From: NASA HQ
Posted: Wednesday, January 9, 2002
More than 15 years after he left NASA, the late Dr. Burt Edelson's legacy can still be seen in NASA's Space Science and Earth Science programs.
Dr. Edelson passed away January 6 in New York City, where he was visiting family and friends. He was 75.
Between 1982 and 1986, he was NASA's Associate Administrator for Space Science and Applications. Soon after arriving, he approved the program that would provide for the development of new instruments for the Hubble Space Telescope.
"He had the vision and foresight to know that Hubble had to be maintained and upgraded," said Dr. Edward Weiler, Associate Administrator for Space Science, who was the Hubble program scientist in the 1980s. "He allowed us to start development of the second Wide-Field/Planetary Camera, which was installed during the first Hubble servicing mission and became the telescope's workhorse scientific instrument."
Coincidentally, on January 8, only two days after Dr. Edelson's death, a NASA Space Science Update unveiled the latest findings from the camera: evidence that a substantial portion of the stars in the universe formed relatively quickly after the big bang.
Dr. Edelson's influence can also be seen in NASA's Earth Science Enterprise, which grew out of Mission to Planet Earth, a program originally proposed in 1986 and formalized in the late 1980s.
"Burt Edelson sponsored the concepts that became Mission to Planet Earth, though it didn't become a program until after he had left NASA," said Dr. Ghassem Asrar, Associate Administrator for Earth Science.
Dr. Edelson was a long-time advocate of the Landsat program and other applications of remote sensing research, said Dr. Asrar, and spent much of his professional life working for improvements in telecommunications satellite technology. He sponsored the development of NASA's Advanced Communications Technology Satellite, which was launched in 1993.
A graduate of the U.S. Naval Academy, Class of 1947, he went on to receive his M.S. and Ph. D. degrees from Yale University in Metallurgy as part of his military service.
He was assigned to the Naval Research Laboratory in the mid- 1950s, where he started a series of distinguished space applications projects in navigation and positioning and in 1959 started the U.S. Navy program in satellite communications. Commander Edelson was assigned from 1962-65 to the new White House National Space Council. Upon his retirement from the Navy in 1967, he joined Comsat Corp. as the Deputy Director of the fledgling Comsat Laboratories. He became its Director in 1972.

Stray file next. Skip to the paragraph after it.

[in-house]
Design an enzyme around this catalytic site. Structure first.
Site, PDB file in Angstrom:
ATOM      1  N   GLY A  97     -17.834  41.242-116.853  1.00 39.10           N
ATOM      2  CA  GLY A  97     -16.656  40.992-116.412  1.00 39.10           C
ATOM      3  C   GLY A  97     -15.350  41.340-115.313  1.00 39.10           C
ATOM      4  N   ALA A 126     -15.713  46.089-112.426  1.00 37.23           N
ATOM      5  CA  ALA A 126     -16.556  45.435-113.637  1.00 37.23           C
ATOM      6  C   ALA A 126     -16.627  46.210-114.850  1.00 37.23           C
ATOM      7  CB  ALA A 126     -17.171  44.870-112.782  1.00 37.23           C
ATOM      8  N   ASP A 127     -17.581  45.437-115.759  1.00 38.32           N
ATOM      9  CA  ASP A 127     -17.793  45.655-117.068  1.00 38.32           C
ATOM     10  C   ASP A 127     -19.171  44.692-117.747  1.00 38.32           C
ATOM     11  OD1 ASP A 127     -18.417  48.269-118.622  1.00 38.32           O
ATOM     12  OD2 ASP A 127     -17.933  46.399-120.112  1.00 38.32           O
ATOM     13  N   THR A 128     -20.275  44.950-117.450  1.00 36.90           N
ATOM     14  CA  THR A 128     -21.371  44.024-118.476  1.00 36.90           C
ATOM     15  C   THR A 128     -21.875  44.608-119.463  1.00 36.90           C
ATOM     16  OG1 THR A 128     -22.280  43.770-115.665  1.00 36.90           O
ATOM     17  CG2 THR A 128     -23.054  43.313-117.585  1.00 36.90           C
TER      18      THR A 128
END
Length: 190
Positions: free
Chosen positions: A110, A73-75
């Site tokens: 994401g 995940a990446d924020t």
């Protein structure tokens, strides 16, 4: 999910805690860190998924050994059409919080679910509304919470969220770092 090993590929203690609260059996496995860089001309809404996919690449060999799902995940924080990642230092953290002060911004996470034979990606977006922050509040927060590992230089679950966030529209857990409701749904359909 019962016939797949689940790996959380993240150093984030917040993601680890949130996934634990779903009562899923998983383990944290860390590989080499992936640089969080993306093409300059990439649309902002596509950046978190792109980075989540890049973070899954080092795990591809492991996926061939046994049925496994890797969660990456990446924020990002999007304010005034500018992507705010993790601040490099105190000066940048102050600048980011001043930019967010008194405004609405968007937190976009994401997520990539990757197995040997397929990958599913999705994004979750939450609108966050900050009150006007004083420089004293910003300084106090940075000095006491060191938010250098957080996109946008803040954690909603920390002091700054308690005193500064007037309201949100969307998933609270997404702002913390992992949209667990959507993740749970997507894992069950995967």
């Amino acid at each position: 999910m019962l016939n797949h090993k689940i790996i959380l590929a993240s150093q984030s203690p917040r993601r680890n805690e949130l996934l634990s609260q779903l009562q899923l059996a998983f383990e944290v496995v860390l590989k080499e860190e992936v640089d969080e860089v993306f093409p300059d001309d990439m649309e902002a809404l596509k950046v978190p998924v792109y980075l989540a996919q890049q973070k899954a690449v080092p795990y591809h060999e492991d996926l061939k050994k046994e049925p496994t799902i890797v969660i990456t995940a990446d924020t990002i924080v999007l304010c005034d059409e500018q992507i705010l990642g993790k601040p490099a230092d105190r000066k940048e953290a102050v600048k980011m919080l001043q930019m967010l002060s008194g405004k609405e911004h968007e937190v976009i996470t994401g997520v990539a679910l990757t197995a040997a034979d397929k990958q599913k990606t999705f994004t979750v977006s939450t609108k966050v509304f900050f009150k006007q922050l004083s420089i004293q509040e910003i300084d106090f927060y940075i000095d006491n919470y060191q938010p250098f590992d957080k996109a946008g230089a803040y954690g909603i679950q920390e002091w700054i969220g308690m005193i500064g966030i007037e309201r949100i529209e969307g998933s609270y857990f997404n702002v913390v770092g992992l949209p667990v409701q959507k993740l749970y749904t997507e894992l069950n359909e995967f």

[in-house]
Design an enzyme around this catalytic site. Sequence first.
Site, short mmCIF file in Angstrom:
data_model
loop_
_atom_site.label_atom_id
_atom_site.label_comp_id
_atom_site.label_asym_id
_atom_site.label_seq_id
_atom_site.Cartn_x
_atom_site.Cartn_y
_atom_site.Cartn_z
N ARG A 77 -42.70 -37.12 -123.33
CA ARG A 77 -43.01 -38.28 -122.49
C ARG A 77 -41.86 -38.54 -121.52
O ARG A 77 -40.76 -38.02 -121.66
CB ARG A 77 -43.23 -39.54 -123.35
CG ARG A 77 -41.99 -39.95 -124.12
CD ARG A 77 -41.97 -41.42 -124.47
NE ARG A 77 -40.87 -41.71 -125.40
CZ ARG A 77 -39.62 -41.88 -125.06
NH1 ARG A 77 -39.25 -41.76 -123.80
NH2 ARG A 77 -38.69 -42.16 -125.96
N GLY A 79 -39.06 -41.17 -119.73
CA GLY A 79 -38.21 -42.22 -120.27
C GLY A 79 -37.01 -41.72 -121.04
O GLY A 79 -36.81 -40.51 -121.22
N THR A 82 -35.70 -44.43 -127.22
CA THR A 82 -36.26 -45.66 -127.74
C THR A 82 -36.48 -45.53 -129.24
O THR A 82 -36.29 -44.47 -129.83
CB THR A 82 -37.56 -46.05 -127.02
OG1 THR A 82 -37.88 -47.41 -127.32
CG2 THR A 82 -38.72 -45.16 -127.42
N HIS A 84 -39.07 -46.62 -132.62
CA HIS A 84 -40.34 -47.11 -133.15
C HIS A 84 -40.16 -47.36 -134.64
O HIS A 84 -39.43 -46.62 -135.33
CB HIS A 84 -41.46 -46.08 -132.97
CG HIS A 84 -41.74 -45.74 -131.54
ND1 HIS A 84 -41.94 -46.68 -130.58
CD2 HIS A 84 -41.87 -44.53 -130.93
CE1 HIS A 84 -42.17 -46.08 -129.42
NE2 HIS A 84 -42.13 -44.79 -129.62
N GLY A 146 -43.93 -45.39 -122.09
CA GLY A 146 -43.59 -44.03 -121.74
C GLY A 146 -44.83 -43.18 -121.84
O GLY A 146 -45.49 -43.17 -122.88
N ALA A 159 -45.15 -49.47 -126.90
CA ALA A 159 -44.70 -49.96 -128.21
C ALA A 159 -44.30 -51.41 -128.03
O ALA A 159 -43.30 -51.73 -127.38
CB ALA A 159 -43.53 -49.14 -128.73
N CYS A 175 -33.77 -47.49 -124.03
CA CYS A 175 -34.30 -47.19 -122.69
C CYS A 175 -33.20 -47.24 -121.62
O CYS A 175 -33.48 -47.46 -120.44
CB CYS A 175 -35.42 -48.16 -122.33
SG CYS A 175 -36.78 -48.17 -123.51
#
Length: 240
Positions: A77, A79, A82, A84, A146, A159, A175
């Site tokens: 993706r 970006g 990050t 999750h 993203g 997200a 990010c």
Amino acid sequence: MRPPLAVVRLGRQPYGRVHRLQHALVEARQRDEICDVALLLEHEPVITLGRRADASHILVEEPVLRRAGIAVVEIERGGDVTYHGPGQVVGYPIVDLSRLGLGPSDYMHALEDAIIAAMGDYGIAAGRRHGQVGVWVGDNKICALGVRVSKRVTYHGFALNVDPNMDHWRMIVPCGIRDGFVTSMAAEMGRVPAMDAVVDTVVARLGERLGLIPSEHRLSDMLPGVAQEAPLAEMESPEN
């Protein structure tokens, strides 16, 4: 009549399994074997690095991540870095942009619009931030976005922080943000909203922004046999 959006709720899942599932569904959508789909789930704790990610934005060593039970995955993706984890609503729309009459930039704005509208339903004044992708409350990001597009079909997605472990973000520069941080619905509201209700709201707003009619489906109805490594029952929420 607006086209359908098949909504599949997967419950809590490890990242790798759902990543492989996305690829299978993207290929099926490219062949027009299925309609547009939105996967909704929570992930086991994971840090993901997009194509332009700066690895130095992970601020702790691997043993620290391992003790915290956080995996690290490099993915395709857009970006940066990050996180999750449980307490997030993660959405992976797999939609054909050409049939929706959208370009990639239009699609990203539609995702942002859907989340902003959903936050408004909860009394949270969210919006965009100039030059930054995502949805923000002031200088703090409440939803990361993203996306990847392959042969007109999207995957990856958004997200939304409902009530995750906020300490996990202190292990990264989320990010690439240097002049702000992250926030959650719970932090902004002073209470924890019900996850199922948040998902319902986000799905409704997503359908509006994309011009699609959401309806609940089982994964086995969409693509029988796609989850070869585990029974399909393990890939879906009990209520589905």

Dr. Edelson provided the vision and leadership for a large number of new satellite communications components, systems and applications, including the development of small ground and ship terminals, space teleports, and geostationary platforms. Dr. Edelson retired from Comsat as a Senior Vice President in 1982. He retired from NASA in 1986 and became a Fellow at the Foreign Policy Institute of the Johns Hopkins University, School of Advanced and International Studies, in Washington.
His desire to have a satellite communications R&D center with engineering capability resulted in his 1991 founding of the Institute for Applied Space Research at the School of Engineering and Applied Science of the George Washington University in Washington. He remained active directing R&D projects, primarily in high data-rate satellite communications, until his death.
Dr. Edelson co-authored a number of books on satellite communications and had over 75 technical publications. He chaired national and international committees on science and engineering and served on the Boards of a number of emerging companies. He always emphasized the global nature of space and co-founded a number of international space programs including the Japan-U.S. Science Technology and Space Applications Program. He was a Member of the International Academy of Astronautics, a Life Fellow of the IEEE, and a Fellow of the AIAA, the AAAS and the British Interplanetary Society. He was a Member of the Cosmos and Army-Navy Club. He received numerous awards including the U.S. Navy Legion of Merit, the Yale University Wilbur Cross Medal, the NASA Exceptional Service Medal and the SSPI Hall of Fame Award.
He is survived by his beloved wife of 49 years, Betty Good Edelson; his sons Stephen, John and Daniel and their wives Margaret, Catherine and Vivian; and his grandchildren Rachel, Kate, David, Rose and William.
// end //